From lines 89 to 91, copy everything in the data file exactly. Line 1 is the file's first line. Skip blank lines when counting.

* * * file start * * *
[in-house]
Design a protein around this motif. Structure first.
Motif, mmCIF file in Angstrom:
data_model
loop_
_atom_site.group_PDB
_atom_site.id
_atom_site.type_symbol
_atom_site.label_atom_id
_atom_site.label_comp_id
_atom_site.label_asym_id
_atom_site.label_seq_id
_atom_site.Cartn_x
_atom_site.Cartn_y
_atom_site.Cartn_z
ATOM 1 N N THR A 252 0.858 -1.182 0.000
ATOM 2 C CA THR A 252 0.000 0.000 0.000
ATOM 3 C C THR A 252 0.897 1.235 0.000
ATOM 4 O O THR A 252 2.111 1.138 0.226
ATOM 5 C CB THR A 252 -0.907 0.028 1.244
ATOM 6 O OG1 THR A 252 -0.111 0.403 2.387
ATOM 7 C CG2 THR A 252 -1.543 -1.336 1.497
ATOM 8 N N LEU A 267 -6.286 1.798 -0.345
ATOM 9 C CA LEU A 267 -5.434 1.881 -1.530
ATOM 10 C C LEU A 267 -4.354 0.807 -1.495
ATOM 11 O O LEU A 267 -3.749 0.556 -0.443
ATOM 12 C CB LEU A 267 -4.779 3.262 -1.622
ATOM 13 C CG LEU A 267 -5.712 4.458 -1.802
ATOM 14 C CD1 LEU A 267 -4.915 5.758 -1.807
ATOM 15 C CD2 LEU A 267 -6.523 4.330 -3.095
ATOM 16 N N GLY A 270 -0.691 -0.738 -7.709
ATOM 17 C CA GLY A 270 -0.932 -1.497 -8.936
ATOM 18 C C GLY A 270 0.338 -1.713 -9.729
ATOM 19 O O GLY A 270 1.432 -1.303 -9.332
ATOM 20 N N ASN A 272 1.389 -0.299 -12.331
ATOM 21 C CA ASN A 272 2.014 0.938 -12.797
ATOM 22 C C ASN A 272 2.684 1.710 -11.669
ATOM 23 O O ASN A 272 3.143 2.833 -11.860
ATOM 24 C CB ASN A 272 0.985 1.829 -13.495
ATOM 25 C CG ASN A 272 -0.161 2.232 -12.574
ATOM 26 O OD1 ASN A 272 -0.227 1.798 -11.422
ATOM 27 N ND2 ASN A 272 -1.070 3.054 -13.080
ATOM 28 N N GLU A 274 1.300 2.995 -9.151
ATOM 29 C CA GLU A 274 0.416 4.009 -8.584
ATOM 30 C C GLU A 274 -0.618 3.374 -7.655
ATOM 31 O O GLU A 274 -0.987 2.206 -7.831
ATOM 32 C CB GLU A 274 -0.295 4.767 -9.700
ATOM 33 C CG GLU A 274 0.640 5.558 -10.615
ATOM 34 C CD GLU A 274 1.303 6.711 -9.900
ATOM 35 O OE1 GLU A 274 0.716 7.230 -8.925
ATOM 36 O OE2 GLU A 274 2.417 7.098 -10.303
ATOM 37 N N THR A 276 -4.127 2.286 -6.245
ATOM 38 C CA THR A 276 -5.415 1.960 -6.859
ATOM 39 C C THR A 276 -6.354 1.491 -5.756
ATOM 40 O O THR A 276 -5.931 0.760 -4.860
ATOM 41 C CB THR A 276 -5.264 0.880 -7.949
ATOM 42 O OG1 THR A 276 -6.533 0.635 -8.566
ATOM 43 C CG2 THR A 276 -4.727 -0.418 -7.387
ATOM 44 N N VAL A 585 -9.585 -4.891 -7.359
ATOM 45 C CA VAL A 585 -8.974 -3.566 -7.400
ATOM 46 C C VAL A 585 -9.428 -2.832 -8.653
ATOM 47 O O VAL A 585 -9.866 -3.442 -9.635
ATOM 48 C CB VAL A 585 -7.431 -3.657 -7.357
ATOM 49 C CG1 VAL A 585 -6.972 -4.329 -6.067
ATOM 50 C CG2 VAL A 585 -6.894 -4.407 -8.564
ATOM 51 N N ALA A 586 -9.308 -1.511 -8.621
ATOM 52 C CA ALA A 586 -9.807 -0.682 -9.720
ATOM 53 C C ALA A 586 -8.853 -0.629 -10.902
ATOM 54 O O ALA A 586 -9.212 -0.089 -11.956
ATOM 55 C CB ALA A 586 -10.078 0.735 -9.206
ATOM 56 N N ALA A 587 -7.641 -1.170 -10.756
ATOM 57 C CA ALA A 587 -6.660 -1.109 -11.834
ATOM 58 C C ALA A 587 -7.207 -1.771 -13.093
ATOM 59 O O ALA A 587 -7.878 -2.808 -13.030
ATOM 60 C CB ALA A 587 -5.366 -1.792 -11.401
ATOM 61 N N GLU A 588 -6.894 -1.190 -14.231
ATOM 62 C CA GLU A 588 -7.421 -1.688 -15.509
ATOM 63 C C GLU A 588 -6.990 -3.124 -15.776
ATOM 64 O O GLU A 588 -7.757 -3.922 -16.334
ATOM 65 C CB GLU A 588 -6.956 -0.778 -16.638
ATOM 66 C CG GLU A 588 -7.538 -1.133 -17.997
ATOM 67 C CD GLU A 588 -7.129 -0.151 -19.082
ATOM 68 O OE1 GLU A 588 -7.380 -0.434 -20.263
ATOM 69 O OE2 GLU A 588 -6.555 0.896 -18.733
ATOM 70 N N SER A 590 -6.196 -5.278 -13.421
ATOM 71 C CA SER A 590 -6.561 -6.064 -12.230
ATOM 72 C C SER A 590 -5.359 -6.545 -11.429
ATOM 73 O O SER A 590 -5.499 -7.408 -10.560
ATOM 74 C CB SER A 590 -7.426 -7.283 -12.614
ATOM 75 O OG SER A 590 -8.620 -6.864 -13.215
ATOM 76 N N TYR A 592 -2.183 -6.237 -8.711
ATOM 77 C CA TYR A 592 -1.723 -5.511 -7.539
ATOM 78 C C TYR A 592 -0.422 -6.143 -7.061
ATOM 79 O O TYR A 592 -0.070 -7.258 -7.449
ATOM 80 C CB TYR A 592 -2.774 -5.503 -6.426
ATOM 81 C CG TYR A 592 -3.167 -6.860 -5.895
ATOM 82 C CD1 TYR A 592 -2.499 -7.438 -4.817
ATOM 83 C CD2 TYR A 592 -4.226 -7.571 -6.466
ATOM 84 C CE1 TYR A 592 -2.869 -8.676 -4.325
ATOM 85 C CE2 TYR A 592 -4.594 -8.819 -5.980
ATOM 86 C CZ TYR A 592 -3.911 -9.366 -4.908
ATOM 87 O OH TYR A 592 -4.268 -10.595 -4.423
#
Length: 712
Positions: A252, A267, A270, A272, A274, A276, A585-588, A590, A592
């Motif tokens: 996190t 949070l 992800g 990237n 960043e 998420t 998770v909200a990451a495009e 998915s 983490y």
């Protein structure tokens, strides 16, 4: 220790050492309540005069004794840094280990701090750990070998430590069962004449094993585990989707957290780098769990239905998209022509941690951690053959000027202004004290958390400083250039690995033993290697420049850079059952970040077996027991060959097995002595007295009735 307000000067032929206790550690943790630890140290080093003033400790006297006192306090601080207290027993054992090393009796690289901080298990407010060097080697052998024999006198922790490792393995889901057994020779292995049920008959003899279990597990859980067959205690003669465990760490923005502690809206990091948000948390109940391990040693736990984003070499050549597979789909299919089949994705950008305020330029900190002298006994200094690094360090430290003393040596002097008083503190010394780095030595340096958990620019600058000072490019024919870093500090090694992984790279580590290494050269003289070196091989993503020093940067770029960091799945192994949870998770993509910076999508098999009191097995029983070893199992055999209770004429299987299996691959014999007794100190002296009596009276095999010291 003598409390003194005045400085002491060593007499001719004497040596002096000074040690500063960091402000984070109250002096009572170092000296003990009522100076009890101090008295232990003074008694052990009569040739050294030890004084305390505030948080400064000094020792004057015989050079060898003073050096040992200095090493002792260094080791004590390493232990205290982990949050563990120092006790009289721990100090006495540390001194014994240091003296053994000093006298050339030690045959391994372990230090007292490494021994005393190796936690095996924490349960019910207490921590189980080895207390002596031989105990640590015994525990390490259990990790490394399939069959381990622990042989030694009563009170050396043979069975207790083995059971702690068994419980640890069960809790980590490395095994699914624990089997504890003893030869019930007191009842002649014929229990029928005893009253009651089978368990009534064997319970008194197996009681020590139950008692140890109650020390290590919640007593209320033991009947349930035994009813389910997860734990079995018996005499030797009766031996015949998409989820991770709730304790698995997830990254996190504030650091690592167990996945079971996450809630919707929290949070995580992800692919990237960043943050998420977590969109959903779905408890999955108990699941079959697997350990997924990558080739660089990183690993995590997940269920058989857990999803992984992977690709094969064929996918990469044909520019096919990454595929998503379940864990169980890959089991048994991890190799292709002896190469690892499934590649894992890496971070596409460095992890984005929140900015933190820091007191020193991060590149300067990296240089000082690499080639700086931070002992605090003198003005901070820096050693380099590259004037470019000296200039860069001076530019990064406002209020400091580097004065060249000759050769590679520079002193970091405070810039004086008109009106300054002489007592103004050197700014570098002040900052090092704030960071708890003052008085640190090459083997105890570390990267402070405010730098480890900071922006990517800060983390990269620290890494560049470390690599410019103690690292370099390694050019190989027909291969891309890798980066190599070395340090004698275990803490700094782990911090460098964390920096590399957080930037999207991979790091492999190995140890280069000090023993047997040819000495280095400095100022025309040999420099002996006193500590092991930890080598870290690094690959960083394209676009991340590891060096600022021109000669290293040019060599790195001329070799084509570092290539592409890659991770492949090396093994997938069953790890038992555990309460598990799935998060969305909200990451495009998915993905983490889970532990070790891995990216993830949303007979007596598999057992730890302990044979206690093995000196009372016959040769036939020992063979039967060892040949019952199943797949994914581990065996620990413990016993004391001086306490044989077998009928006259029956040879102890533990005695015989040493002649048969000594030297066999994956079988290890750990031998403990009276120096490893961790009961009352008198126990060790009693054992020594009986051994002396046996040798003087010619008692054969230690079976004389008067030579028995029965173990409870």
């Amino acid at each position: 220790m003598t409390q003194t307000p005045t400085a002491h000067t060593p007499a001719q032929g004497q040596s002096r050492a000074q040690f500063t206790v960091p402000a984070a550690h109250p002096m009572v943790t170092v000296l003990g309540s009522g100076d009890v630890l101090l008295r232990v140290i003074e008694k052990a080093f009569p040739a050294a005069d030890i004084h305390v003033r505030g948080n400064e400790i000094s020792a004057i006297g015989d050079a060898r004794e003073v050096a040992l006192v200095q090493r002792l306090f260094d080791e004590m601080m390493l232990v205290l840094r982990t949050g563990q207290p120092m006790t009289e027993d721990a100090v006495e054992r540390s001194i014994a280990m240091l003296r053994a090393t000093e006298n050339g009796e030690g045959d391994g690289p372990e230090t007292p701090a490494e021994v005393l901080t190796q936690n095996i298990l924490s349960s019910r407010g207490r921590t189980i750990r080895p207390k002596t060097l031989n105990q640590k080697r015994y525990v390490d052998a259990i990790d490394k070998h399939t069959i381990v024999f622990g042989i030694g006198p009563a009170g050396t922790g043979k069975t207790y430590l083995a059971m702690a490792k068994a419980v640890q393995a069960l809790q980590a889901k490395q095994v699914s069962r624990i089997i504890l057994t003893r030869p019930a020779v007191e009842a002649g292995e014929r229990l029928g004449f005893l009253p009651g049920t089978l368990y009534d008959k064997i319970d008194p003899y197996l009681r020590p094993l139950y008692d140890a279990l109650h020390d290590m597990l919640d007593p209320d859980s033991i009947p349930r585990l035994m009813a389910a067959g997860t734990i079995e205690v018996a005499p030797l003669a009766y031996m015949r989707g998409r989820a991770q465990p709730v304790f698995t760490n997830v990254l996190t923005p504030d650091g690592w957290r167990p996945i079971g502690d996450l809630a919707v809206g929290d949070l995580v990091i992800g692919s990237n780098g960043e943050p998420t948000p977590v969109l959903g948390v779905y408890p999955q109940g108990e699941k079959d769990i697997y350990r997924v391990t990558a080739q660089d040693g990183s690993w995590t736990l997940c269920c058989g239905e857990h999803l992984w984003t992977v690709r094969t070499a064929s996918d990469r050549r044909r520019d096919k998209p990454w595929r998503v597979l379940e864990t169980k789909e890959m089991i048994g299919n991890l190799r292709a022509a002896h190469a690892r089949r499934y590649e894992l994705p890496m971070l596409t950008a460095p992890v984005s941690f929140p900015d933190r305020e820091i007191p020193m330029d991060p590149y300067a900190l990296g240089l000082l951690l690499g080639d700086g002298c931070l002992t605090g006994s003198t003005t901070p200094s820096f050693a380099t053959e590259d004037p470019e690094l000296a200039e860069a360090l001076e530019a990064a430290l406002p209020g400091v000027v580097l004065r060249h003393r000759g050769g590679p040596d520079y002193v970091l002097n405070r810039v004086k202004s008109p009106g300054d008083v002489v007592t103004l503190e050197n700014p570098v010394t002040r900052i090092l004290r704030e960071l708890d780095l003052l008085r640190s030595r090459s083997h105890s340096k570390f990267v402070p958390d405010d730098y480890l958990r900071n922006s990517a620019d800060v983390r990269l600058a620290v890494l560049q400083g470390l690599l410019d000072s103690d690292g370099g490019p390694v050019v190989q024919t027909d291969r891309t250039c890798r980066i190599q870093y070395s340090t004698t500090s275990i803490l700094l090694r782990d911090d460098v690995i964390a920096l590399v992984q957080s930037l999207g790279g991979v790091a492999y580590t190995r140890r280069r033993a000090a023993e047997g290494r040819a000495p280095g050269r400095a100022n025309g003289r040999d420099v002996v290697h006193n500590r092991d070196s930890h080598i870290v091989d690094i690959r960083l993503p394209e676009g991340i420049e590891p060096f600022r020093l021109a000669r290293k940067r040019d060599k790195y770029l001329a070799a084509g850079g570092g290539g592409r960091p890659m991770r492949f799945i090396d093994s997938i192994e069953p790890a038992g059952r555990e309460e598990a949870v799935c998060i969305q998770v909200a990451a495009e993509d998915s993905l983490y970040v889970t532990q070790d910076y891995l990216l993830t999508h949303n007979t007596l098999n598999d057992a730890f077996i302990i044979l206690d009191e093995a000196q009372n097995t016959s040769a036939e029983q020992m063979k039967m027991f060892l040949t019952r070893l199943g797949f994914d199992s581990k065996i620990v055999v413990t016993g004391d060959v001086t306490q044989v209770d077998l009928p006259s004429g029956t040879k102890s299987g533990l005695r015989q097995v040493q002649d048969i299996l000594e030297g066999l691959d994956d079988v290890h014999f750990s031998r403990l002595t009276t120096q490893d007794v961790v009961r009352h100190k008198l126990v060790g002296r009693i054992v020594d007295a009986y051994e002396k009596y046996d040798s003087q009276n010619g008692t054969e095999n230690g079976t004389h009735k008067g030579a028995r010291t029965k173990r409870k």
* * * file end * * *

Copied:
ATOM 74 C CB SER A 590 -7.426 -7.283 -12.614
ATOM 75 O OG SER A 590 -8.620 -6.864 -13.215
ATOM 76 N N TYR A 592 -2.183 -6.237 -8.711